The Coronavirus has arrived at a time where Brexit has just been delivered, Trump has publicised his Middle Eastern plan with Israel and the 5G is being prepared for release. It becomes evident that such political events can be overshadowed by the talk of pandemic. The World Health Organisation stated that the Coronavirus was a global emergency. This has been followed by accusations made against China concealing the truth on how much the country is actually suffering from the virus by the number of fatalities. Then again, when China sneezes, the world coughs; economies who benefit greatly from Chinese trade and enterprises will be largely affected by the outbreak demonstrated when Chinese stocks fell by 9% on Monday 3rd February 2020, causing a stagnation on global market growth.

Nevertheless, hope can be seen in the fact that the WHO suggests the virus can be contained, provided that countries “put in place strong measures to detect disease by isolation, trace contacts and social distancing measures.” However, to what extent can “social distancing” be seen as a medical precaution rather than permission to discriminate and ridicule members of the Asian community?

In the UK, cities with a large and thriving Chinese population have reported increased filing of reports on racism. One case in London found that a British citizen encouraged the “boycotting” of Chinese restaurants and markets. Educational visits to European countries such as Italy have been cancelled and academies in Europe are telling Chinese students to self-quarantine even when they have not recently visited their home country of China. There have also been cases where cafés have positioned signposts that prohibit the entrance of Chinese people. Appreciation of culture and identity has been depressed in the favour of others’ insecurities and preferences, something that many have died to abolish. What does this say about the stance our states have on the basis of human rights?

Unfortunately, it seems that figures who should be the role-models of our times are not aiding in the global fight against Coronavirus by publically humiliating members of the Chinese race over media platforms such as Twitter and Instagram, whether it be football players or reality TV stars this does not help the situation. Many have been applauded for the advocating of donations and funding to the nations who need it the most like China and Hong Kong amid the protests. China is also commended for their execution in building a hospital for the infected within only 6 days. The main concern for the WHO at the moment is how we are to deal with the Coronavirus if it were to spread in developing countries with poor healthcare systems. Not only would this disrupt the economical stability of these countries but it would leave regulatory standards needing continual alteration to accommodate for the current crisis. Despite this, further research and the development of vaccines continue to be carried out by experts and volunteers in the medical field.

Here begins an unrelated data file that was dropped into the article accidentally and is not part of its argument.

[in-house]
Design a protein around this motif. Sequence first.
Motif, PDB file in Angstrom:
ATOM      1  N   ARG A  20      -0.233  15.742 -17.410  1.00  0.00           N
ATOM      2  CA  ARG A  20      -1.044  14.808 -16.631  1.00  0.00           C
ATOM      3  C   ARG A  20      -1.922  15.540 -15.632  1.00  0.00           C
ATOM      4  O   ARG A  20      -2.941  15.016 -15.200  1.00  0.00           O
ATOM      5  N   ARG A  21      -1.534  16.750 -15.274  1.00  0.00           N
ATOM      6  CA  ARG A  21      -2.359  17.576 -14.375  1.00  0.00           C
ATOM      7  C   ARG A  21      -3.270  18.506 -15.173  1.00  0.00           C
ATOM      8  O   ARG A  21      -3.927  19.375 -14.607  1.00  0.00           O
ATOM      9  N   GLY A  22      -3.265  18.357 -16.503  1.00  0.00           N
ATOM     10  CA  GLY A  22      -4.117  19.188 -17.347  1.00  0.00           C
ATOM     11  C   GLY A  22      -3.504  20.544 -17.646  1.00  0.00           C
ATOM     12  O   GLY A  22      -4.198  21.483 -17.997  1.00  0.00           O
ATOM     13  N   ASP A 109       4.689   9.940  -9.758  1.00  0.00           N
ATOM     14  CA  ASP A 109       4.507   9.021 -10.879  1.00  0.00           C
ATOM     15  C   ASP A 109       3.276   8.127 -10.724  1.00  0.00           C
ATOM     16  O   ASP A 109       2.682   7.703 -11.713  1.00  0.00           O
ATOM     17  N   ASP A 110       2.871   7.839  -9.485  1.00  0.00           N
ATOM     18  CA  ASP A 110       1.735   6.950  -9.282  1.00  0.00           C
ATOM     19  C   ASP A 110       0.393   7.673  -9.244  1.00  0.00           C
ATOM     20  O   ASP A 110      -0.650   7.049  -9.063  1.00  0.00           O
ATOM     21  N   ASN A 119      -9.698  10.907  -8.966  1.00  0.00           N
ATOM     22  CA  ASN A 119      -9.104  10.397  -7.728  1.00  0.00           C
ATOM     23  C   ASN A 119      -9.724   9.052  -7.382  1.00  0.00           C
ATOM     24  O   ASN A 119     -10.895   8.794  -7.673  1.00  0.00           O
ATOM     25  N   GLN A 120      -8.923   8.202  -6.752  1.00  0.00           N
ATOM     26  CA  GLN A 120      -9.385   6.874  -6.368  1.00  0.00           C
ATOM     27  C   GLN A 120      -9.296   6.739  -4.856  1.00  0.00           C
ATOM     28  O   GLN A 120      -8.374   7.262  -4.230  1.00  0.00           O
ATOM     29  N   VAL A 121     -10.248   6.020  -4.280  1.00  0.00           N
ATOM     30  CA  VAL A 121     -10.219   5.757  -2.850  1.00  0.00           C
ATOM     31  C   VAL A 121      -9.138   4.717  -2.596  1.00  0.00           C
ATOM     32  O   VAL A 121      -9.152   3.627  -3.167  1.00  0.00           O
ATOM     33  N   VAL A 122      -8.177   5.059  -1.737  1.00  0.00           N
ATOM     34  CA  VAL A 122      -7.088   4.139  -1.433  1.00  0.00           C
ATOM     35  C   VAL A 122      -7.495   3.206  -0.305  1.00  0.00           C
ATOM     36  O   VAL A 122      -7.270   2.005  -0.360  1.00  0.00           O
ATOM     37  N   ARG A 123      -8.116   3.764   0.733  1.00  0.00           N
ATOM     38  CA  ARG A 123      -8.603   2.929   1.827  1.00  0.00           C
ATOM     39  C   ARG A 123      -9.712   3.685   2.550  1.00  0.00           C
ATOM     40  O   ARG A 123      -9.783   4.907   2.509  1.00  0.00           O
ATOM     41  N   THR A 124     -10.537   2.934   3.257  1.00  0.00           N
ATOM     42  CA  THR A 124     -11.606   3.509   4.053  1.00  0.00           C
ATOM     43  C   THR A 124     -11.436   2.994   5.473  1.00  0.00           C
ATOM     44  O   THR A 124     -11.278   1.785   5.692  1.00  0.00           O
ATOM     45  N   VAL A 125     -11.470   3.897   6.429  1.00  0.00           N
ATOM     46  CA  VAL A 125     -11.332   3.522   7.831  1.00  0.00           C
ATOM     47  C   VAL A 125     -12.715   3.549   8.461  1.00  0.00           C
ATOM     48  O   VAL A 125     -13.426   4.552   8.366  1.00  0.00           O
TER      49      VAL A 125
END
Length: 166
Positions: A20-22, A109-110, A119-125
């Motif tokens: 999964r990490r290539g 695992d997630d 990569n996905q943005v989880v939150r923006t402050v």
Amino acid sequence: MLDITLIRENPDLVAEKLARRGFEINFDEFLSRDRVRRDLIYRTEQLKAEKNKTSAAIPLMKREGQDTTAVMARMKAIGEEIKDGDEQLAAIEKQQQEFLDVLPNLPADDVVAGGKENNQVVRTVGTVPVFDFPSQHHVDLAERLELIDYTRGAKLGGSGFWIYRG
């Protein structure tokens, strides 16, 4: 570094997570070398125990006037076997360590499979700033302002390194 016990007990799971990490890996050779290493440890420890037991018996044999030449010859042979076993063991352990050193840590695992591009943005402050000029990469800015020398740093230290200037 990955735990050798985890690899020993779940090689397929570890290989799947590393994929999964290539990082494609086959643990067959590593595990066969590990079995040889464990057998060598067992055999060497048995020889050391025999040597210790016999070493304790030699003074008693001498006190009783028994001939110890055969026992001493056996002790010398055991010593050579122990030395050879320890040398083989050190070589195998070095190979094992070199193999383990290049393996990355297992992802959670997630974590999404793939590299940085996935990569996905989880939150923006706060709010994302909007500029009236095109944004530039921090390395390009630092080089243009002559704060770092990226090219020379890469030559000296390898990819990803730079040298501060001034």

A proportion of British Citizens still remain in the Hubei Province of China where the outbreak first started. The cases of infections rise amidst a call to return European nationals. Picture ©Hawkeye UK

If we are to effectively combat the challenge of Covid-19, then we need to set aside the differences and embrace the rich culture and talents of our society, so we can maintain and thrive in global welfare. If we are to attach diseases like that of Coronavirus to ethnicities and embed stigmatisation within our establishments, the only outcome would be chaos. Instead of building social barriers, we should engage in the collective cooperation and sharing of information for our well-being. If not, we all might as well go into quarantine.

If you have any general concerns about what has been discussed, please contact your local GP.

For advice on travel please visit the Foreign and Commonwealth website.

©Zariel Konadu, 2020 

A 16-year old intern at KCWLondon

Email: Zarielkonadu@gmail.com

 

 

 

Featured Image:©Jason Scragz